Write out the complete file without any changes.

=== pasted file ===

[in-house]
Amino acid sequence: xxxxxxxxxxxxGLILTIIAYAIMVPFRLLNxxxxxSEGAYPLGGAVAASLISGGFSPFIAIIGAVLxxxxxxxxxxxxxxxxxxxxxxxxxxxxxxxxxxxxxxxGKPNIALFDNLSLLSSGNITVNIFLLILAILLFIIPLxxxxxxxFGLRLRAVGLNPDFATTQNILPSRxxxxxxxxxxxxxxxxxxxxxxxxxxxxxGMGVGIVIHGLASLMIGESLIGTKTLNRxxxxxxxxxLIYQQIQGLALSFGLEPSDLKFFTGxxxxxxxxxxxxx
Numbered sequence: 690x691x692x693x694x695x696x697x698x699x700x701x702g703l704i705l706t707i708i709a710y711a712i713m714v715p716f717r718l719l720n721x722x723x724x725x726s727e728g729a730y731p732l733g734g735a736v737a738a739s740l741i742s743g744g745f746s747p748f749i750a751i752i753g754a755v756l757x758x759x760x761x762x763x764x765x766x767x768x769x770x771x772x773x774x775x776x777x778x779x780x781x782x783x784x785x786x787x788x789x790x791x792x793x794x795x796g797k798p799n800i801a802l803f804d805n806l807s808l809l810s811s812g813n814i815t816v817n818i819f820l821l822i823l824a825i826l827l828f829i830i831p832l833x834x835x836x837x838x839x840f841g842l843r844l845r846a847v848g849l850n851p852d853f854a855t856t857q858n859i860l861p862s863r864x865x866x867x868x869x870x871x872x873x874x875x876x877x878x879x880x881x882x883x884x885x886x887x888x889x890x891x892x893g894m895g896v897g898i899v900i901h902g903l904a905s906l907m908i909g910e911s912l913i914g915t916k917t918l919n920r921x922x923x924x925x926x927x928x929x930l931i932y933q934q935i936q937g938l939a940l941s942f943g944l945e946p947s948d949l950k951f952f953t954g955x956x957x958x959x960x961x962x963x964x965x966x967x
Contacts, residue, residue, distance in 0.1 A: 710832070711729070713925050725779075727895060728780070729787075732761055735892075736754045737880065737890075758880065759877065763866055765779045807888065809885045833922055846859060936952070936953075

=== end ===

[in-house]
Amino acid sequence: xxxxxxxxxxxxGLILTIIAYAIMVPFRLLNxxxxxSEGAYPLGGAVAASLISGGFSPFIAIIGAVLxxxxxxxxxxxxxxxxxxxxxxxxxxxxxxxxxxxxxxxGKPNIALFDNLSLLSSGNITVNIFLLILAILLFIIPLxxxxxxxFGLRLRAVGLNPDFATTQNILPSRxxxxxxxxxxxxxxxxxxxxxxxxxxxxxGMGVGIVIHGLASLMIGESLIGTKTLNRxxxxxxxxxLIYQQIQGLALSFGLEPSDLKFFTGxxxxxxxxxxxxx
Numbered sequence: 690x691x692x693x694x695x696x697x698x699x700x701x702g703l704i705l706t707i708i709a710y711a712i713m714v715p716f717r718l719l720n721x722x723x724x725x726s727e728g729a730y731p732l733g734g735a736v737a738a739s740l741i742s743g744g745f746s747p748f749i750a751i752i753g754a755v756l757x758x759x760x761x762x763x764x765x766x767x768x769x770x771x772x773x774x775x776x777x778x779x780x781x782x783x784x785x786x787x788x789x790x791x792x793x794x795x796g797k798p799n800i801a802l803f804d805n806l807s808l809l810s811s812g813n814i815t816v817n818i819f820l821l822i823l824a825i826l827l828f829i830i831p832l833x834x835x836x837x838x839x840f841g842l843r844l845r846a847v848g849l850n851p852d853f854a855t856t857q858n859i860l861p862s863r864x865x866x867x868x869x870x871x872x873x874x875x876x877x878x879x880x881x882x883x884x885x886x887x888x889x890x891x892x893g894m895g896v897g898i899v900i901h902g903l904a905s906l907m908i909g910e911s912l913i914g915t916k917t918l919n920r921x922x923x924x925x926x927x928x929x930l931i932y933q934q935i936q937g938l939a940l941s942f943g944l945e946p947s948d949l950k951f952f953t954g955x956x957x958x959x960x961x962x963x964x965x966x967x
Contacts, residue, residue, distance in 0.1 A: 710832070711729070713925050725779075727895060728780070729787075732761055735892075736754045737880065737890075758880065759877065763866055765779045807888065809885045833922055846859060936952070936953075